After a lot of pressure from its Left allies and protests by tribal rights organisations, the United Progressive Alliance (UPA) government was forced to bring the JPC-reported version of the Bill in Parliament on the penultimate day of the session but not without some crucial government-sponsored amendments. The hurriedly passed and amended Bill is not without its positive features, but the biggest achievement is that the UPA government has been forced to work within the framework set for it by the JPC.

The Bill accepts the extension to December 13, 2005, as the cut-off date for the settlement of rights. It also includes the non-Scheduled Tribes within its scope, thereby recognising that the socio-economic cohesion of the tribal areas depends on the unity between the Scheduled Tribes and the non-Scheduled Tribes. In another major achievement, it, for the first time, recognises the right of the people who were displaced and rehabilitated before the agreed cut-off date and legislates against the diversion of land from national parks and sanctuaries, particularly when people have been relocated from them.

The Bill accepts the JPC recommendation of provisions for the right to development and increases the land ceiling from 2.5 to four hectares a family. Thus, it would appear that in terms of the basics, the forest rights Bill meets the criteria of its protagonists when they set out to increase its scale and scope.

But on closer examination it is evident that the neoliberal state has made some fundamental changes in the JPC-reported Bill through the insertion of limiting provisions in the fine print, thus using state power to protect the interests of the forest bureaucracy, conventional environmentalists and industry.

The first evidence of this is the definition of the term "forest dwellers" as people who "reside in forests", and excluding people who live in "close proximity" to forests. Effectively, this means the primary beneficiaries are the people who live in recorded forest villages, numbering approximately 3,000 according to the MoEF. How the rights of those living in "unrecorded forest villages" will be settled has been left unanswered even though the Minister of Tribal Affairs assured the House that those "settled in forests by the state will not be disturbed".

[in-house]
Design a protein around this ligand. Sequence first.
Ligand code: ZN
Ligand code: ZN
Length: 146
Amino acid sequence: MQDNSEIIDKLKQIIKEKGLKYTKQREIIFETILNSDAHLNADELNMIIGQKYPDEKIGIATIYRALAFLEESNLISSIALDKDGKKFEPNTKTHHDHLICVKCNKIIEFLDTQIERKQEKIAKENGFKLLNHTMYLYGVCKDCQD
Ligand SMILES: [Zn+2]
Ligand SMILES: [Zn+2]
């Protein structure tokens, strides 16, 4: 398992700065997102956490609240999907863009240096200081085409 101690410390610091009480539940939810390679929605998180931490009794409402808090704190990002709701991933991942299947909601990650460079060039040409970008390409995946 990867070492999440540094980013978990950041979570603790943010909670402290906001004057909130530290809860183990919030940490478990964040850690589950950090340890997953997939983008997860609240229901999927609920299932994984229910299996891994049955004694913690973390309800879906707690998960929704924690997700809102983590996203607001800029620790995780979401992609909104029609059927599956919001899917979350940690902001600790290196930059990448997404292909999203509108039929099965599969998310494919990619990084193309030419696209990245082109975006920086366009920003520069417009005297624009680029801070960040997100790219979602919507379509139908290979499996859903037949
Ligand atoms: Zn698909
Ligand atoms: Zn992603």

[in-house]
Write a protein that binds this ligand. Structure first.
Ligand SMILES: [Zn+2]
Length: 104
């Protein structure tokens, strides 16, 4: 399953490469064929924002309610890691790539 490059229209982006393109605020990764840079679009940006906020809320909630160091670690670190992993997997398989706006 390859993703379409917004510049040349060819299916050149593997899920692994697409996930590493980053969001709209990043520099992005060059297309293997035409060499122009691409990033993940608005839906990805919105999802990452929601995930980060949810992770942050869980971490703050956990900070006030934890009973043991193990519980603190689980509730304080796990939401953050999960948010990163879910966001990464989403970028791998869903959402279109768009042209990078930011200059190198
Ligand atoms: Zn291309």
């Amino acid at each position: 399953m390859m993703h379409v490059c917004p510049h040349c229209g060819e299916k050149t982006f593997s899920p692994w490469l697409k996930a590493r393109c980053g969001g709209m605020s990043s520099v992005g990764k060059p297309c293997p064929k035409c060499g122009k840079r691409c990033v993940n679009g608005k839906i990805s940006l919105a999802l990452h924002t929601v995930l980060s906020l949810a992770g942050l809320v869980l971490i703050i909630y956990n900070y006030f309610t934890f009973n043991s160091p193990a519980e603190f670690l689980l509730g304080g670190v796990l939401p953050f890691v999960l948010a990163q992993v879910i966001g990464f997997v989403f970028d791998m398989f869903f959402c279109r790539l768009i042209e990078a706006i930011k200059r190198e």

In a further clarification about those living near forests, the Minister said if people lived outside the forest "but had land inside they could come and claim it" as their right. This statement is problematic as it can be used by absentee landlords to claim land on the one hand, and does not consider the plight of poor, landless tribal and Dalit labourers who live outside but depend seasonally on forests. The government has made no assurance on the plight of these people.

The second major change in the structure of the Bill is the explanation inserted in the clause concerning the eligibility criteria for recognising the rights of non-Scheduled Tribes. While accepting the condition of residence in forests for three generations, the Bill defines one generation as equal to 25 years.

This means non-Scheduled Tribes will have to prove that they have lived in the forests for at least 75 years, or since 1930, if they are to benefit from this legislation. If oral evidence and spot verification are not considered admissible evidence of residence, then the government will be forced to depend on colonial records for the settlement of rights. As in the past, in the future, too, this will greatly limit the number of people who can avail themselves of the provision in the Bill.